17th July 2000
After great deliberations as to whether we should stay another day in Phander or head back it was finally decided that we would leave for Gupis the next morning. The NAPWD rest house had been vacated and Amjad and Hamid had moved into the new premises last night. Kabir and family had left for Gilgit yesterday. The condition of Taimur and Susan were the deciding factor and we thought that it would be best to head back in case they needed medical attention.
We had breakfast in the morning on the front chabutra of the hotel, eggs and cornflakes and orange juice. The 4×4’s were ready for departure by 11am. We rolled towards Gupis and marveled at the Phander valley, which looked magnificent, the river reflecting like molten silver in the sun as it flows through the valley. The fields in different shades of green, the rich and ready wheat fields give a contrasting mustard hue to the surroundings. The temperature according to the gauge of the cruiser was 21 degrees.
There are some places along the way where boulders have fallen down the mountain and have come to rest in the middle of the fields they are ominous sights. One imagines that they must have shattered while falling, these broken pieces of rock look like pieces of a jigsaw puzzle lying close to each other. In recent years fields of grain have been cultivated around them. They tell stories of the turbulent past that must have existed centuries ago during the formation of these mountains.
We drove back to the wooden suspension bridge and took footage of the 4×4’s as they crossed over. The road is narrow and some areas are under repair, it is a gravel surface all the way to Gupis. While I was negotiating a bend and at the same time taking video footage of the road and the flowing river, a jeep came flying round a bend from upahead. It braked just in time to avoid a collision. We were now poised head to head with no place to pull up for the other to pass. The driver of the other jeep reversed a fair distance to an opening and let me through. There are many occasions on the way where vehicles come face to face with little or no space and one needs to back up to let the other vehicle pass. There are also unwritten rules of driving on these mountains, such as, the vehicle climbing up has the right of way, local drivers will always give way to the tourists and so on. We reached the NAPWD rest house of Gupis at about six-o clock in the evening. It had started to drizzle on the way and the weather was very pleasant. We unpacked and moved into the rooms. Hamid and the boys were lodged in the older block while Amjad and Patricia and Susan would be in the new block.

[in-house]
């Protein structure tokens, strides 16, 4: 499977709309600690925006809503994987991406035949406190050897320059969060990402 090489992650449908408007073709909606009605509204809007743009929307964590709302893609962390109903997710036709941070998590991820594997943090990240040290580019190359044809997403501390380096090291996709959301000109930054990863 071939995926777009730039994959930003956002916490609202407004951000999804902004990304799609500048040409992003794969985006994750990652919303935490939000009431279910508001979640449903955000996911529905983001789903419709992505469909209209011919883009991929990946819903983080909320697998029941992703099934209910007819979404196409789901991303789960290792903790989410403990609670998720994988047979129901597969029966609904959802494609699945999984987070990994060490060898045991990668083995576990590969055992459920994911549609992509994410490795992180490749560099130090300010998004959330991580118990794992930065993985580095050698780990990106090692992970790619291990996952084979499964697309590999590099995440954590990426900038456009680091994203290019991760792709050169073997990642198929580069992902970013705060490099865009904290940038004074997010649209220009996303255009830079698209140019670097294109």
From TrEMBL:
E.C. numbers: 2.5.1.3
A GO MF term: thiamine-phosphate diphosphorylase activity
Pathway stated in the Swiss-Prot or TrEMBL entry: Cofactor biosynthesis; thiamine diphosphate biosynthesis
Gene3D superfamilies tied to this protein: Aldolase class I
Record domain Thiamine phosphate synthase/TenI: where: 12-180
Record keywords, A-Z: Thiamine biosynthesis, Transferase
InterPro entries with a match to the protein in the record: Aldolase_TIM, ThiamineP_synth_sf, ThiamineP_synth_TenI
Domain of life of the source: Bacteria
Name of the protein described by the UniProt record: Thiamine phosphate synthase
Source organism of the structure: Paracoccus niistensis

After dinner we all watched Omar Mukhtar on the video cd of the Landcruiser, it was drizzling and the weather was cool musty and pleasant. We had a great time as we all enjoyed the movie. It was midnight by the time we retired to bed.
I was awakened by a loud rumbling noise at about four in the morning. The whole place shuddered as a terrible earthquake hit the valley. The tremor lasted a few seconds before the second and the more powerful one. I was up and out in a flash, and found myself standing in the garden still recovering from the shock, I suddenly realized I was wearing only my skimpy nightwear. Susan had never experienced an earthquake before. She was stunned as the bedside lamp quivered and started to move on its own as the second tremor hit the valley, the girls had been rudely woken up by the shaking of the bed from the first tremor. Patricia screamed ‘earthquake! earthquake!’ as they ran out onto the terrace of the new building. We were lucky there had been no rock fall and the building had held the wrath of the earth. Amjad slept through it all and never woke up. The tremor had measured a daunting 6.5 on the rector scale, the epicenter had been near Kabul according to the newspaper. We had survived an earthquake up in the mountains; the actual gravity of the whole episode would sink in much later when driving on the KKH we would see boulders smashed up into little bits splattered throughout the valley. Luckily there had been no landslides on the road and there was no damage reported to the main road.